3:45 p.m. – 5:15 p.m.
State Room

  • Dr. Stanley Carlson-Thies, Founder & Senior Director, Institutional Religious Freedom Alliance
  • Mr. William P. Marshall, William Rand Kenan, Jr. Distinguished Professor of Law, University of North Carolina School of Law
  • Mr. William L. Saunders, Senior Vice President of Legal Affairs, Americans United for Life
  • Mr. Adam J. White, Counsel, Boyden Gray & Associates
  • Moderator: Hon. Diarmuid F. O'Scannlain, Judge, United States Court of Appeals, Ninth Circuit

The Mayflower Hotel
Washington, DC

Regulatory Crimes: Clay v. U.S. Oral Argument - Podcast

Criminal Law & Procedure Practice Group Podcast
Paul D. Kamenar, John J. Park, Jr. October 06, 2015

Is Clay v. United States, argued on October 2 in the 11th Circuit, a case study of overcriminalization and abusive federal prosecution? The case raises basic notions of due process, fair notice, the rule of lenity, mens rea, and actus reus. What began as a highly publicized raid by some 200 FBI agents on a Florida health care company over an accounting dispute of how to interpret a provision in Florida’s Medicaid reimbursement statute with no clarifying administrative regulations, led to the indictment, conviction, and prison sentences for the company’s top executives for fraud. This case is particularly important for all regulated industries, where there are numerous and ambiguous laws and complex regulations governing conduct subject to administrative, civil, and criminal enforcement.

Featuring:

  • Paul D. Kamenar, Senior Fellow, Administrative Conference of the United States
  • John J. Park, Jr., Of Counsel, Strickland Brockington Lewis LLP

Criminalizing Reasonable Interpretations of Regulatory Schemes: Clay v. United States - Podcast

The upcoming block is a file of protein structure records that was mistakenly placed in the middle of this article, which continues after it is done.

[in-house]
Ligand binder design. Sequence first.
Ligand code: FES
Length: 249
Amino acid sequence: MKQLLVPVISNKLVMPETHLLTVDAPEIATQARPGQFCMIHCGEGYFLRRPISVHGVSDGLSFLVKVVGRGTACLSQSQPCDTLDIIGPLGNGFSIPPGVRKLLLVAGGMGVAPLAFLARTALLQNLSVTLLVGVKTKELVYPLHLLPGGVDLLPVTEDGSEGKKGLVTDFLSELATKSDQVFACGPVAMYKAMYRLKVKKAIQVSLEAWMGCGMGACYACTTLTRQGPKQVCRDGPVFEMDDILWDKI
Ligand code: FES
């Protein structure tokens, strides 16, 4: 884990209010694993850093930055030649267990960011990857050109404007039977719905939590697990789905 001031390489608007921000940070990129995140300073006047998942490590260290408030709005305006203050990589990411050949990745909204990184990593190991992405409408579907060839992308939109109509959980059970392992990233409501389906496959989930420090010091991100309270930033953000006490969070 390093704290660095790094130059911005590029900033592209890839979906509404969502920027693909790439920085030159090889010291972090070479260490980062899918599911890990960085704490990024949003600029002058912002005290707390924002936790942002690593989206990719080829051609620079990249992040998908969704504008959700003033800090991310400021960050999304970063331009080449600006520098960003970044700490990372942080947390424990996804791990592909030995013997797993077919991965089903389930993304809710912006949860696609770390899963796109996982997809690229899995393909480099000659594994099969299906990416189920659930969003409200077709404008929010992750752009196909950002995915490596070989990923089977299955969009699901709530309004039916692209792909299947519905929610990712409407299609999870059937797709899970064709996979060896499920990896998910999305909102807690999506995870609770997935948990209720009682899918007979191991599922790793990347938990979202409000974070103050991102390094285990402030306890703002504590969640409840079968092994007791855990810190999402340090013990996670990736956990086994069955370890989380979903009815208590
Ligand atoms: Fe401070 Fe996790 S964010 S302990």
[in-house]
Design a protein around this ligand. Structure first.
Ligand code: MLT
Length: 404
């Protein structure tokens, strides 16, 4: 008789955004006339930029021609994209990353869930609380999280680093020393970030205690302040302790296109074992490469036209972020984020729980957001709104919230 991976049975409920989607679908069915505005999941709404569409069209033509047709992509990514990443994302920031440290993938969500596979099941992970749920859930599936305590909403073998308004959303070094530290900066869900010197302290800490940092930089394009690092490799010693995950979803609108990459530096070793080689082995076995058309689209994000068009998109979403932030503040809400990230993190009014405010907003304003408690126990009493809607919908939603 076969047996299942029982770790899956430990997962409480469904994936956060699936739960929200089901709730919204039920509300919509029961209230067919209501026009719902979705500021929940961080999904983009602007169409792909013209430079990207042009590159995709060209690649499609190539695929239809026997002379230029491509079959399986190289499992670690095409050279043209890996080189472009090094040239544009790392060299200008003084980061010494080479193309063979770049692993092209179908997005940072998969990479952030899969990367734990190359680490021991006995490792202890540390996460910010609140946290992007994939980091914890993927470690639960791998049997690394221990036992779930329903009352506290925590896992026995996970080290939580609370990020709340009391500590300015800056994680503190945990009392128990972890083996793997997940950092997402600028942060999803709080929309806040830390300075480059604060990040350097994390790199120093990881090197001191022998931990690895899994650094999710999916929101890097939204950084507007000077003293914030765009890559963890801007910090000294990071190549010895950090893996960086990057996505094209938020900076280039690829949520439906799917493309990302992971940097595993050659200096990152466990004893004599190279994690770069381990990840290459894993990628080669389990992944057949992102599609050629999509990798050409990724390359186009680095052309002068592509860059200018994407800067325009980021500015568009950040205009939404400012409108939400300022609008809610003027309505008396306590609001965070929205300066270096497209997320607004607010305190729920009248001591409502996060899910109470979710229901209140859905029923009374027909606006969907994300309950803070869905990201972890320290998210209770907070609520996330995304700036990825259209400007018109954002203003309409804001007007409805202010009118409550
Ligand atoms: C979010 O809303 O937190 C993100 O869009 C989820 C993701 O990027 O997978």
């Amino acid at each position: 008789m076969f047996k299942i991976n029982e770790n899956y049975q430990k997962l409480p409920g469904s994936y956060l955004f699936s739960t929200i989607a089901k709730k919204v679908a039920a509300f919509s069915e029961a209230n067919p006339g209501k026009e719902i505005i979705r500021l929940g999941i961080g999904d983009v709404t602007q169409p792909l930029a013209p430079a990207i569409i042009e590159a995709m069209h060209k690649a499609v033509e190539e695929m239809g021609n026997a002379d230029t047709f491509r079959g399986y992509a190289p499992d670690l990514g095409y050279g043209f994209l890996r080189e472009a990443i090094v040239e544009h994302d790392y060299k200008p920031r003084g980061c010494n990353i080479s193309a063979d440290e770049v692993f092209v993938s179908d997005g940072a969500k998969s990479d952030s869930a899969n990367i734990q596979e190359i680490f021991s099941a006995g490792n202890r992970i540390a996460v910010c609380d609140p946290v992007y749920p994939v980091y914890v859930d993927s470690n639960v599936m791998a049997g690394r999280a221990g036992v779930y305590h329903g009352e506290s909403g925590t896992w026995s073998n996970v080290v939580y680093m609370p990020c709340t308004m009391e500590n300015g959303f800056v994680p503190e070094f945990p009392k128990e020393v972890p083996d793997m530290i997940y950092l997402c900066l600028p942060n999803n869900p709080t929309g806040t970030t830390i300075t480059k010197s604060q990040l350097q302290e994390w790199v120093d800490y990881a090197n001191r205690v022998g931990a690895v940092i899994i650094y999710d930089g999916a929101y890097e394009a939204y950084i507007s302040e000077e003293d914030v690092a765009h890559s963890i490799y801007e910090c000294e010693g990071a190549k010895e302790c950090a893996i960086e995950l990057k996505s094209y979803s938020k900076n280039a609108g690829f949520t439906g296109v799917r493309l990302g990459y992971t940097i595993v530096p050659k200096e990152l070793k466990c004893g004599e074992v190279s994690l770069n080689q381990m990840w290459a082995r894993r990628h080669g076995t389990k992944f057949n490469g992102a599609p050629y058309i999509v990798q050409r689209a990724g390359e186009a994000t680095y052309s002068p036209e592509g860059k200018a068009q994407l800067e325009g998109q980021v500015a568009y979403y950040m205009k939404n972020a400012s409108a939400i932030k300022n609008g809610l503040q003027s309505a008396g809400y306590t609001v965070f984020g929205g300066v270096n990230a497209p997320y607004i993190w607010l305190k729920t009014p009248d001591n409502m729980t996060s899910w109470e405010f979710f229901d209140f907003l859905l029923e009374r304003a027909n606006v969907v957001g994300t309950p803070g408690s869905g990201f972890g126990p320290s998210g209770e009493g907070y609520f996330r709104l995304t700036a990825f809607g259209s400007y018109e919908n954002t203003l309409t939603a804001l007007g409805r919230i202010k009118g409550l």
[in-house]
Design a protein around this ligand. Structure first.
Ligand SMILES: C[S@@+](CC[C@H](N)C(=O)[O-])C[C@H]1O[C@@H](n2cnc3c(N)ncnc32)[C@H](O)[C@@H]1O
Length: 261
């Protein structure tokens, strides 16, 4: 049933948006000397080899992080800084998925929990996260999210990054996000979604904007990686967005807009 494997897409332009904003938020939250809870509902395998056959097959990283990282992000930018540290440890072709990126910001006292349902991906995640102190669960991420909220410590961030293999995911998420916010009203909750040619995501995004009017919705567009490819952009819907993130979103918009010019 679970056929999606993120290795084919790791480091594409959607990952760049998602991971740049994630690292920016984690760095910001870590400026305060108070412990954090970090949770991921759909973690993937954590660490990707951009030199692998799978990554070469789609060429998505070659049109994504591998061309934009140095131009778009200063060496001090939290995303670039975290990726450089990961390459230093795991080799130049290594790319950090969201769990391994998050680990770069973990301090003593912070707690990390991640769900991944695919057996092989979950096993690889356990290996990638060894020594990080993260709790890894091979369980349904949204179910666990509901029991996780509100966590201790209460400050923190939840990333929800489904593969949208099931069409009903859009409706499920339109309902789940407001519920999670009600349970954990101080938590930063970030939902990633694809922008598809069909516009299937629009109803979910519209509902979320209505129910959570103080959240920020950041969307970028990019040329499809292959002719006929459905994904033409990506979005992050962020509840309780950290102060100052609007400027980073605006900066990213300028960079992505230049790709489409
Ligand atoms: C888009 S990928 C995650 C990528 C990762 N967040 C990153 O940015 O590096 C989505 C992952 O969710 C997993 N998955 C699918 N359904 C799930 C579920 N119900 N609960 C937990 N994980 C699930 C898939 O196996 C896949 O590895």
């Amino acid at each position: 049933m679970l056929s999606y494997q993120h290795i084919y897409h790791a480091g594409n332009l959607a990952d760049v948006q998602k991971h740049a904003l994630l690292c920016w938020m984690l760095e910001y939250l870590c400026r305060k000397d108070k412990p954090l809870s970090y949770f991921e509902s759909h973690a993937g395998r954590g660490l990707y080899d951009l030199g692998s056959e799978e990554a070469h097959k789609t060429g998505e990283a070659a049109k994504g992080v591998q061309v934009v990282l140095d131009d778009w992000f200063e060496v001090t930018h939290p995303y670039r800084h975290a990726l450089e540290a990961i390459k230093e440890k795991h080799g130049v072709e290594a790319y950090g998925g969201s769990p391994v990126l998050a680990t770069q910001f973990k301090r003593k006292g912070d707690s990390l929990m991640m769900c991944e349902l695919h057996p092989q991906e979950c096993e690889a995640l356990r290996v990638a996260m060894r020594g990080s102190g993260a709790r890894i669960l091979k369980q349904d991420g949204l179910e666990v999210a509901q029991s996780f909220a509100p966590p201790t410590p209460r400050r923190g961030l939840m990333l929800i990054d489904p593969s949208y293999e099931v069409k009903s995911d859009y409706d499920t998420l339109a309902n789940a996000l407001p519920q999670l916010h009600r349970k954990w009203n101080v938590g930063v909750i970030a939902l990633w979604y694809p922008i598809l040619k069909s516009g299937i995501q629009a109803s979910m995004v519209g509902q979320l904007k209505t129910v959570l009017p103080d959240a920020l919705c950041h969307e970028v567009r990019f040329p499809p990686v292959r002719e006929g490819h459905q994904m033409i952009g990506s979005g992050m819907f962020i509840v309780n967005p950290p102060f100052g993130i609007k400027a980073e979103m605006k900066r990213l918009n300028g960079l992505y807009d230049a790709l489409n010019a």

Criminal Law & Procedure Practice Group Podcast
Paul D. Kamenar, John F. Lauro, John G. Malcolm July 29, 2015

Is Clay v. United States, currently pending in the 11th Circuit, a case study of overcriminalization and abusive federal prosecution? The case raises basic notions of due process, fair notice, the rule of lenity, mens rea, and actus reus. What began as a highly publicized raid by some 200 FBI agents on a Florida health care company over an accounting dispute of how to interpret a provision in Florida’s Medicaid reimbursement statute with no clarifying administrative regulations, ended in the indictment, conviction, and prison sentences for the company’s top executives for fraud. This case is particularly important for all regulated industries, where there are numerous and ambiguous laws and complex regulations governing conduct subject to administrative, civil, and criminal enforcement. John Lauro, counsel in the case, discussed the lawsuit, with Paul Kamenar joining to offer questions and comments.

  • Paul D. Kamenar, Washington, D.C. Attorney and Senior Fellow, Administrative Conference of the United States
  • John F. Lauro, Principal, Lauro Law Firm
  • Moderator: John G. Malcolm, Director and Ed Gilbertson and Sherry Lindberg Gilbertson Senior Legal Fellow, Edwin Meese III Center for Legal and Judicial Studies, The Heritage Foundation